Skip Ribbon Commands
Skip to main content
Polski   English|
Sign In
Navigate Up

The Giovannini Barriers

 

One EU Commission initiative aimed at the integration of the capital market was the creation of a group of experts known as the Giovannini Group. The results of the work of the Group were presented in two reports published in 2001 and 2003 (The First Report of the Giovannini Group (2001): "Cross-border clearing and settlement arrangements in the European Union", and the Second Report of the Giovannini Group (2003): "Second report on EU Clearing and Settlement Arrangements").

The first report identified 15 barriers (later known as the Giovannini barriers) that were preventing efficient cross-border clearing and settlement of securities in the EU. The list of barriers identified by the Group has been sub-divided under three main headings:
  • Barriers relating to national differences in technical requirements/market practice; this includes differences in how IT is implemented, restrictions to direct access to settlement systems by foreign institutions, different lengths of settlement cycles, and the requirement that issues in listed securities be deposited exclusively in the local settlement system.
  • Barriers relating to national differences in tax procedures; this includes transaction taxes in certain member states, exclusive rights to collection of withholding tax and inconsistent and complex taxation regulations in EU member states.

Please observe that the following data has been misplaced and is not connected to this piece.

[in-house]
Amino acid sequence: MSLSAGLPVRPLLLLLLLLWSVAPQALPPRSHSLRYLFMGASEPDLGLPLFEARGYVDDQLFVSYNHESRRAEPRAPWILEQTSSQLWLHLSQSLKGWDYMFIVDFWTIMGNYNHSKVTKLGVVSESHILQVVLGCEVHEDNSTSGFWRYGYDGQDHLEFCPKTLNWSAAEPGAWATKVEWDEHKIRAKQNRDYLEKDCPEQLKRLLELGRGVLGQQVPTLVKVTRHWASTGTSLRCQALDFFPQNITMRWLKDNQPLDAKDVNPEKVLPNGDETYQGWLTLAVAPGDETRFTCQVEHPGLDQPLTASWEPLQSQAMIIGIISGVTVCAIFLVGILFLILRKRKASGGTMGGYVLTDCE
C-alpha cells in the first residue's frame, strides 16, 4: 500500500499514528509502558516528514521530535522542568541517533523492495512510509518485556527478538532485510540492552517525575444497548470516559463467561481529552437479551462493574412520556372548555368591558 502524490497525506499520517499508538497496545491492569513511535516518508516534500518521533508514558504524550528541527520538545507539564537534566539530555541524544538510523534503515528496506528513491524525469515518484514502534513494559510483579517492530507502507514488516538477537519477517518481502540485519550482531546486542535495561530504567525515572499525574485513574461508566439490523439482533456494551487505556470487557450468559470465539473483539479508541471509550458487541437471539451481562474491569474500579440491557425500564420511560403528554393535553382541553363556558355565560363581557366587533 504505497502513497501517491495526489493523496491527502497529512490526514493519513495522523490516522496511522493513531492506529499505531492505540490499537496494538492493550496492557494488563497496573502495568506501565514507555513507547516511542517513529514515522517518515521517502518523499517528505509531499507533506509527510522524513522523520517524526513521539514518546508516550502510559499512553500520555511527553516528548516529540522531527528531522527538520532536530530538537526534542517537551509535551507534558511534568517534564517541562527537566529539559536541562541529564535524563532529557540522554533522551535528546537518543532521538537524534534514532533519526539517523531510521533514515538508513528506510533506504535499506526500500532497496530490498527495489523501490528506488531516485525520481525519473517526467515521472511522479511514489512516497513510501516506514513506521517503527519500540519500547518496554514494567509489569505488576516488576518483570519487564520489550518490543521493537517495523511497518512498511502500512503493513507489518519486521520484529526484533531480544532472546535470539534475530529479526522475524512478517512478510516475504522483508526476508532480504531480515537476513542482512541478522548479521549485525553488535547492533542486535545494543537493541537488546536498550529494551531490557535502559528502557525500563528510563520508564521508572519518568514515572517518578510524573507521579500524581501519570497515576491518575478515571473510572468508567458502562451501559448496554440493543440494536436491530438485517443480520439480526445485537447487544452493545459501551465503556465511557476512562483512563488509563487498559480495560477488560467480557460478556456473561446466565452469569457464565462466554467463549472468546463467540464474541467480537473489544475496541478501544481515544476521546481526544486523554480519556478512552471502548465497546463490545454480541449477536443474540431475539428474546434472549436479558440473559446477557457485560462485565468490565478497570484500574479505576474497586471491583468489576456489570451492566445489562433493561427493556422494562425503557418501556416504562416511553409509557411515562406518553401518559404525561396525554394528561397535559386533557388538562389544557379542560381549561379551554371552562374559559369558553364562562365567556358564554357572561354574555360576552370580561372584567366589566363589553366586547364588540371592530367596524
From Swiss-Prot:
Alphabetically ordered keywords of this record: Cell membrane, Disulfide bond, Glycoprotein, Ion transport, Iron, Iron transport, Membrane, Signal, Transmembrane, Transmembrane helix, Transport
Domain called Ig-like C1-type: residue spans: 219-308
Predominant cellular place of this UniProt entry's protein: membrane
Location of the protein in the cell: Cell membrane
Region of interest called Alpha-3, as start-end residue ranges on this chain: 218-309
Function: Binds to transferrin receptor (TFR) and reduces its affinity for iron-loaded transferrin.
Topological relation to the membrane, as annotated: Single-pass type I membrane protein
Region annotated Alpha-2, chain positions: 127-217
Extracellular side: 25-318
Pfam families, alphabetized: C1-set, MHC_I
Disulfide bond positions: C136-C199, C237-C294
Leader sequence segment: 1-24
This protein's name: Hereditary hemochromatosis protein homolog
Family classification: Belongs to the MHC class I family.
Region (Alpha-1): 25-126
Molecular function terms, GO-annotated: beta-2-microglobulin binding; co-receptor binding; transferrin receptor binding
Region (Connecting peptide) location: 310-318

• Barriers relating to issues of legal certainty; this includes the absence of an EU-wide framework for the treatment of interests in securities, and differences in legal definitions of, e.g. pledges, settlement finality and rights from securities.

The second report outlined measures to remove the Giovannini barriers, indicating institutions and organisations that would be responsible. These include the European Central Securities Depository Association (ECSDA), the European Central Bank (ECB), the Committee of European Securities Regulators (CESR), the Society for Worldwide Interbank Financial Telecommunication (SWIFT), as well as national governments. The report highlighted the importance of close co-operation between capital market institutions and national and regulatory bodies.
Last modified:26-02-2013 Go up